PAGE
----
Q:

How are cholesterol levels measured?

A:

Quick Answer

A blood test is used to measure cholesterol levels. This test can indicate the total amount of cholesterol in the blood, including low density and very low density lipoproteins, high-density lipoproteins and triglycerides, explains Healthline and About.com.

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How are cholesterol levels measured?
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Full Answer

A blood test used to measure cholesterol levels is generally performed as an outpatient procedure at a diagnostic lab. The test is relatively painless, quickly completed and has few associated risks. A physician may ask that a patient discontinue taking medications that could affect cholesterol levels a few days before the test, according to Healthline. The test is usually completed in the morning, as it may require that a patient fast the night before.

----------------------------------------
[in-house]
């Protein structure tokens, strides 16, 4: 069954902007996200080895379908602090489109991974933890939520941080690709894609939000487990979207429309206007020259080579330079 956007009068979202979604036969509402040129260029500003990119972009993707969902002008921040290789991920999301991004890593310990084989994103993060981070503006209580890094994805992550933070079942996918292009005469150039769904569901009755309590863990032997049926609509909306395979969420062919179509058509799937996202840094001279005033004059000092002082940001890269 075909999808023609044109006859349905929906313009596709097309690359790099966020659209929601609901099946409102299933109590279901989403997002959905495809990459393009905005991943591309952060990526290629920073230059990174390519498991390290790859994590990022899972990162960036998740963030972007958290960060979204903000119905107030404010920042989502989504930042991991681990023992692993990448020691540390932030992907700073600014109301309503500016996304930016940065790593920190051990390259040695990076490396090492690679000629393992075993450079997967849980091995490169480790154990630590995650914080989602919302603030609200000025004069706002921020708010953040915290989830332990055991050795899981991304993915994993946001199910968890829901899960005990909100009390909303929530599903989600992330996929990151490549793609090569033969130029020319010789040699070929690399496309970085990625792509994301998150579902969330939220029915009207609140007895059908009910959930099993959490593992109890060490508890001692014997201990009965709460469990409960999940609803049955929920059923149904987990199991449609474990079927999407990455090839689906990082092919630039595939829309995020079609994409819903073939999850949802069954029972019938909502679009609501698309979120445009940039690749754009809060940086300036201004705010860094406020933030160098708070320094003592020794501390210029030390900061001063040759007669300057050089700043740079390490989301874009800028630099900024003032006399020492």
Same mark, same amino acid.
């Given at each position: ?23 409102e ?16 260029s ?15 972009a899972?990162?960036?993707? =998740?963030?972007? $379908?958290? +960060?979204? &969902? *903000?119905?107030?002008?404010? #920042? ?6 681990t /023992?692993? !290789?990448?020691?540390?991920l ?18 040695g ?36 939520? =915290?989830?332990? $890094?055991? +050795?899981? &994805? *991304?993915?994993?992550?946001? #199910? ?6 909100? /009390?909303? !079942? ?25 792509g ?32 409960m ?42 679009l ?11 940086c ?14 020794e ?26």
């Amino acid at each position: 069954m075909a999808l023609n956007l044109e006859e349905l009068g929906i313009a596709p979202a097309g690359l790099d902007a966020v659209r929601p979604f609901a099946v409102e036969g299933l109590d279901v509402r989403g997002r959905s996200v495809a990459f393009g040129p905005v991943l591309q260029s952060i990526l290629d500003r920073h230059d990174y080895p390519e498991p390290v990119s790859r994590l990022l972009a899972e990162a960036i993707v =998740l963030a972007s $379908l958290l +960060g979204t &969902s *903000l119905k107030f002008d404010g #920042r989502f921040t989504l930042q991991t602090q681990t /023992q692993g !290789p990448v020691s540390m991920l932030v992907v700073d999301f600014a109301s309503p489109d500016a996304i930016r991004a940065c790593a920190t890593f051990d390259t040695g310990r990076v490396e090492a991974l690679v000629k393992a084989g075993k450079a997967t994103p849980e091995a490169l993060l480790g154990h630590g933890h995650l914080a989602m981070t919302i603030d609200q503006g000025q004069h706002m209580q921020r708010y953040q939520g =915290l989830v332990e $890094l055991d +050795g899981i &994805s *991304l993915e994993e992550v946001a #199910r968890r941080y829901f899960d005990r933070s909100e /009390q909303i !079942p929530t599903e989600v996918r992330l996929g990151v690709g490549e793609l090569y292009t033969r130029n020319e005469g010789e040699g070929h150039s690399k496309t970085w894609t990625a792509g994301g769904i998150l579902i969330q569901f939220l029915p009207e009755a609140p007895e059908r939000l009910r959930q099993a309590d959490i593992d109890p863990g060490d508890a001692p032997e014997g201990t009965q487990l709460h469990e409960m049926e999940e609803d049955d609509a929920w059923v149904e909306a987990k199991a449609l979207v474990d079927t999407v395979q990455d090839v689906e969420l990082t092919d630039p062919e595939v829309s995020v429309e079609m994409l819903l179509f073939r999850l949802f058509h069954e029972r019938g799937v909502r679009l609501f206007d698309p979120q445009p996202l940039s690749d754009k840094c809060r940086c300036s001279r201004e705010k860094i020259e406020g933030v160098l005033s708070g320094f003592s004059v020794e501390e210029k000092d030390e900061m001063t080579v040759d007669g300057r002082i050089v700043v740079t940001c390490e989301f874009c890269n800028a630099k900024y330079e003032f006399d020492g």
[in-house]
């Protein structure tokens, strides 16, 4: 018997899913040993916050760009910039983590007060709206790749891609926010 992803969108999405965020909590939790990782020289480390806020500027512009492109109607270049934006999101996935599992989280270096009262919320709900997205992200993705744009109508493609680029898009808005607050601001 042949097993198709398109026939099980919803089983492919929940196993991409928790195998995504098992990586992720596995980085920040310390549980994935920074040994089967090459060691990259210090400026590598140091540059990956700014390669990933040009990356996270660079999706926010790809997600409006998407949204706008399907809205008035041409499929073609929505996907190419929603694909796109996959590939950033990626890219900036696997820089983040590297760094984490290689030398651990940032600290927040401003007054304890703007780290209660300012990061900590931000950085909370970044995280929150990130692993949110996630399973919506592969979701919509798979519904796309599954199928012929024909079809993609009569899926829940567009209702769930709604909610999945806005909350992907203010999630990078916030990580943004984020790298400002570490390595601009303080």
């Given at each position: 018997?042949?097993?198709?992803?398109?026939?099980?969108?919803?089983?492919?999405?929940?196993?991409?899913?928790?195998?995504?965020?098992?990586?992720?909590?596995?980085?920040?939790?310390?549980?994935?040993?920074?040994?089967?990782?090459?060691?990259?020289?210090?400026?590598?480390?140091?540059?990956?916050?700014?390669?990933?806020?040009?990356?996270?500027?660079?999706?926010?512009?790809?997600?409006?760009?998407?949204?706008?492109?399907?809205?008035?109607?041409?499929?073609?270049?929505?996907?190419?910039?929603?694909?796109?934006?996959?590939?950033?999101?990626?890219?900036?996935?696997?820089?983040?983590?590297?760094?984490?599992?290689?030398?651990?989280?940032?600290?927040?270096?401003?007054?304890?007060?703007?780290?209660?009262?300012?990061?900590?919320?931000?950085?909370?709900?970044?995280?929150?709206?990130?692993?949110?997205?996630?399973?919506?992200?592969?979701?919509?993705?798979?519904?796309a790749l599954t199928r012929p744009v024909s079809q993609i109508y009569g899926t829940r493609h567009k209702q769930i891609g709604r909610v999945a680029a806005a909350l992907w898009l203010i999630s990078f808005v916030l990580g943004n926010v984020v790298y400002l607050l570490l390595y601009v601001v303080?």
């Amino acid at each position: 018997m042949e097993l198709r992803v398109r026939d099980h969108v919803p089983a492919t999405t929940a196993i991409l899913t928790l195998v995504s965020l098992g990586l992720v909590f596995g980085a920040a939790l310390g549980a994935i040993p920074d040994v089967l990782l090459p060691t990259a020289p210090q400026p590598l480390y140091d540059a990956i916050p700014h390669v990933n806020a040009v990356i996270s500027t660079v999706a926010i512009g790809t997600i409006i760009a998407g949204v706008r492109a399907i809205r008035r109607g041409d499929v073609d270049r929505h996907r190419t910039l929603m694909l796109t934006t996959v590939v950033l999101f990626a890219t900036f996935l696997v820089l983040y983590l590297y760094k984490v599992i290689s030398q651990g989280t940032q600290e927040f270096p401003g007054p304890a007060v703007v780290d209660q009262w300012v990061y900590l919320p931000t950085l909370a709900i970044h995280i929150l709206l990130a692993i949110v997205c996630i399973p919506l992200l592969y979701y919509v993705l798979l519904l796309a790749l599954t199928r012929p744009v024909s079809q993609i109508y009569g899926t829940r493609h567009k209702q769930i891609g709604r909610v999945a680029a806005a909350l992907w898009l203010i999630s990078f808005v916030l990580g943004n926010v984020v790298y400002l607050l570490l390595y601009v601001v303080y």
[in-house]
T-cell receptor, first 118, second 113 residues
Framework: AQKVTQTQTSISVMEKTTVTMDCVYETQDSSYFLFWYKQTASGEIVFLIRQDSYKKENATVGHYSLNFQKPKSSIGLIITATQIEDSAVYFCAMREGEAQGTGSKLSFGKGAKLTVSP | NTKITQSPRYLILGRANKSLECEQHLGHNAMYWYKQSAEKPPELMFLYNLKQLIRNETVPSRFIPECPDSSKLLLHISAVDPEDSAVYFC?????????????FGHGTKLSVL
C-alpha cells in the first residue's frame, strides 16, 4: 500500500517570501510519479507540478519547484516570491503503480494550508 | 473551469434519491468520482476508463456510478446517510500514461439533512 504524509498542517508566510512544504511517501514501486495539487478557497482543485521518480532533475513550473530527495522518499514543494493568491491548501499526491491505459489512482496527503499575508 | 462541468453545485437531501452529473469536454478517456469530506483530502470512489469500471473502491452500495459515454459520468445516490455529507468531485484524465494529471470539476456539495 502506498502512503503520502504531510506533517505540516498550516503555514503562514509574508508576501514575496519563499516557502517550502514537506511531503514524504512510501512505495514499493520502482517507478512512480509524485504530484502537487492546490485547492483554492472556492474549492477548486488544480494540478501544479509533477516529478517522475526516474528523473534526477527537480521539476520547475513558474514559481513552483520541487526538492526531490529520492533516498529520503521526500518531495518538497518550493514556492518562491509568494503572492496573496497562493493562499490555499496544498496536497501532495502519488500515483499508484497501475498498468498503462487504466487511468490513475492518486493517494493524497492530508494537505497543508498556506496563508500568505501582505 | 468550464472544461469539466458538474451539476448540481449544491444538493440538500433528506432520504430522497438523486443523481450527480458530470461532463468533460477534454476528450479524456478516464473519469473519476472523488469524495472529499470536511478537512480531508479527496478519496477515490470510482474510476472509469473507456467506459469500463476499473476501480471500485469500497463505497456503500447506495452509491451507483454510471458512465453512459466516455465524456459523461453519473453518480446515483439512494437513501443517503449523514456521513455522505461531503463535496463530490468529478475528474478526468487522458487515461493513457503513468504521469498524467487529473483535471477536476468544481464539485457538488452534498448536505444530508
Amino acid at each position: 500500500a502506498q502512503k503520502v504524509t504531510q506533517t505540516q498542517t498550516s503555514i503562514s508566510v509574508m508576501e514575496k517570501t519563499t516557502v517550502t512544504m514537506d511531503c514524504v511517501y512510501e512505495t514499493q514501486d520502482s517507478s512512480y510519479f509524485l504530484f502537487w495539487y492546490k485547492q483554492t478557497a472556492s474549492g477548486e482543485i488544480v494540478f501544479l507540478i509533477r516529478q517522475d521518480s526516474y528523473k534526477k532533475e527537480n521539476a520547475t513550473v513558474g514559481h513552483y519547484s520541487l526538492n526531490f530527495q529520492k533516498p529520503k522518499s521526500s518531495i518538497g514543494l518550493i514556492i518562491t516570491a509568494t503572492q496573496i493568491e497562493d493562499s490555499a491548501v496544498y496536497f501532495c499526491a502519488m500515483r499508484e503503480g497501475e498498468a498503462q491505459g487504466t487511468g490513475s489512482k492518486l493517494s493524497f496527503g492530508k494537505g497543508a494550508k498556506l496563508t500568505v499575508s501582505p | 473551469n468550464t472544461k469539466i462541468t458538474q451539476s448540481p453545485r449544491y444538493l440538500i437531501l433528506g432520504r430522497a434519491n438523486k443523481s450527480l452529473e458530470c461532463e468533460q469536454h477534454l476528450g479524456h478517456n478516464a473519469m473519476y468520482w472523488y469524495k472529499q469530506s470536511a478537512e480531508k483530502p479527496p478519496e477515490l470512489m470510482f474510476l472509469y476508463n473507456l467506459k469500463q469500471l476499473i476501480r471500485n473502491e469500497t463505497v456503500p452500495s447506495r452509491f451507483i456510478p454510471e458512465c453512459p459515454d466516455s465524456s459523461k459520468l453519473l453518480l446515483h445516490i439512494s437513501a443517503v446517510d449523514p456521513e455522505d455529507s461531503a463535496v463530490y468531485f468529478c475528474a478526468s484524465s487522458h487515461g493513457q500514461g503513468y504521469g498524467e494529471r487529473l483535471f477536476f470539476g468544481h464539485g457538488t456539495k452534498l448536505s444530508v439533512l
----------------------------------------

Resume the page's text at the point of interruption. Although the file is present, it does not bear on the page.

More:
If only total cholesterol and high density lipoproteins are being measured, a patient is permitted to eat before the test. A patient should not drink or eat nine to 12 hours before having a blood test that measures a complete lipid profile. A complete lipid profile indicates the amounts of each type of lipid in the blood.

Cholesterol is measured in milligrams per decimeter of blood. Cholesterol levels that are outside a normal range may indicate that a person has a higher risk for atherosclerosis, stroke or heart disease. A lower level of each of the low density lipoproteins, triglycerides and total cholesterol is considered better, whereas a higher level of high density lipoproteins is considered better, states Healthline.

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